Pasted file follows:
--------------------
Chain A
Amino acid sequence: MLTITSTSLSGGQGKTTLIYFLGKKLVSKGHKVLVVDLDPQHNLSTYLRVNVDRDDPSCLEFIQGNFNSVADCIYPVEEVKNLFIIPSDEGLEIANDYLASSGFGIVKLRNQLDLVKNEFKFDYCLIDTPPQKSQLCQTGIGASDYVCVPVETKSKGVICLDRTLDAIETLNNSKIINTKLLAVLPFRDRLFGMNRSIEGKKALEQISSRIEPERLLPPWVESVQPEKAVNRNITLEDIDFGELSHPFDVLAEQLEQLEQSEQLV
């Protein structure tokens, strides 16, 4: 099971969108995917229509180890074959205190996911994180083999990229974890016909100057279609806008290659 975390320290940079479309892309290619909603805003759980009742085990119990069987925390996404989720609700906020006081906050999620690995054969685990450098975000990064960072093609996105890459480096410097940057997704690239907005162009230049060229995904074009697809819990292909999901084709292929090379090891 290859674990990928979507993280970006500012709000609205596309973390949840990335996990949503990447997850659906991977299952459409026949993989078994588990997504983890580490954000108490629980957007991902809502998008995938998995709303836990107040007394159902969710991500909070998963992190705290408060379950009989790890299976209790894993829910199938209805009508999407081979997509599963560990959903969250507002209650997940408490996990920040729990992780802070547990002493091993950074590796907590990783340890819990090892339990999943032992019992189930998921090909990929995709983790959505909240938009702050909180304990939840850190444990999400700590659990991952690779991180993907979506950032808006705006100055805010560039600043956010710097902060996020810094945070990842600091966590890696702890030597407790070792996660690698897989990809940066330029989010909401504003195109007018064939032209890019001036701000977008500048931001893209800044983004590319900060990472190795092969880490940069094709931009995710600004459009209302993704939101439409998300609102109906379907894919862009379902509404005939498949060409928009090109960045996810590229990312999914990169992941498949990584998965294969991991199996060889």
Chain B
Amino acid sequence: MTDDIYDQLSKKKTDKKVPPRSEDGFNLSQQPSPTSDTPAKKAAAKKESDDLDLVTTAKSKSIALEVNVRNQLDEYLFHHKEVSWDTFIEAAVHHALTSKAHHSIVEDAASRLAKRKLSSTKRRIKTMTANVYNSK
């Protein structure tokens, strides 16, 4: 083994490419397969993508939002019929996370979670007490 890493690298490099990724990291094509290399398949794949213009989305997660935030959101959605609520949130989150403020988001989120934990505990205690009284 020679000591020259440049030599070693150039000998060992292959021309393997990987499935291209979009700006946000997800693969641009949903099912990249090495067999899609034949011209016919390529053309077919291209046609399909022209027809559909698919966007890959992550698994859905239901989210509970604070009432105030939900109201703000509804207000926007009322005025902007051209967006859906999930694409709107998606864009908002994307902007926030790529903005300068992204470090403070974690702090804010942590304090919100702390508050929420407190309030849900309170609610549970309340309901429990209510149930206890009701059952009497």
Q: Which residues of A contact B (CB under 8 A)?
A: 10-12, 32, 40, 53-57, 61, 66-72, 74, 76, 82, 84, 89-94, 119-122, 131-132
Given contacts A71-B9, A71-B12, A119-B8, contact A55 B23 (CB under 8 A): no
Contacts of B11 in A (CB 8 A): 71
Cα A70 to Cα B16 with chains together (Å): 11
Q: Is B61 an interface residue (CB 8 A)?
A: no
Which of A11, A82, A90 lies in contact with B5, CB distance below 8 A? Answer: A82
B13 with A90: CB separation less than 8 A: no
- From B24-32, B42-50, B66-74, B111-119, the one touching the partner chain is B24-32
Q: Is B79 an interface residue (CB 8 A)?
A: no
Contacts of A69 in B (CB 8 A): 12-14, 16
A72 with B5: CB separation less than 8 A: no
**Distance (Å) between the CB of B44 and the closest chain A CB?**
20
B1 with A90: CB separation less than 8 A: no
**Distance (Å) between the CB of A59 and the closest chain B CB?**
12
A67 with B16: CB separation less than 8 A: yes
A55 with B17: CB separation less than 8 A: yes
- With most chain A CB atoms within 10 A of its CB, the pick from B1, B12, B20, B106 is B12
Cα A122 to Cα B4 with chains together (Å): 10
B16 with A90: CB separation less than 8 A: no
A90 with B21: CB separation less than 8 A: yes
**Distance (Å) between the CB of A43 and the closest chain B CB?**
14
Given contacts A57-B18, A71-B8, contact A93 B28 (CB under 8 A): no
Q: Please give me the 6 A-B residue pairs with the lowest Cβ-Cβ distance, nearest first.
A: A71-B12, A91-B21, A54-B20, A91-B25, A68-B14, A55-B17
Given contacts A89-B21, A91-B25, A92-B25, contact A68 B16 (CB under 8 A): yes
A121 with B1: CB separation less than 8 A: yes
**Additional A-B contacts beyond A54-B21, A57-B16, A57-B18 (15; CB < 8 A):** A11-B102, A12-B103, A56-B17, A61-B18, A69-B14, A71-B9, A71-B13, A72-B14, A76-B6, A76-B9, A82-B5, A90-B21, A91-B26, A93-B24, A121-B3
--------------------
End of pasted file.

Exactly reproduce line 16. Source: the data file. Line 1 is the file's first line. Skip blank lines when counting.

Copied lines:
- From B24-32, B42-50, B66-74, B111-119, the one touching the partner chain is B24-32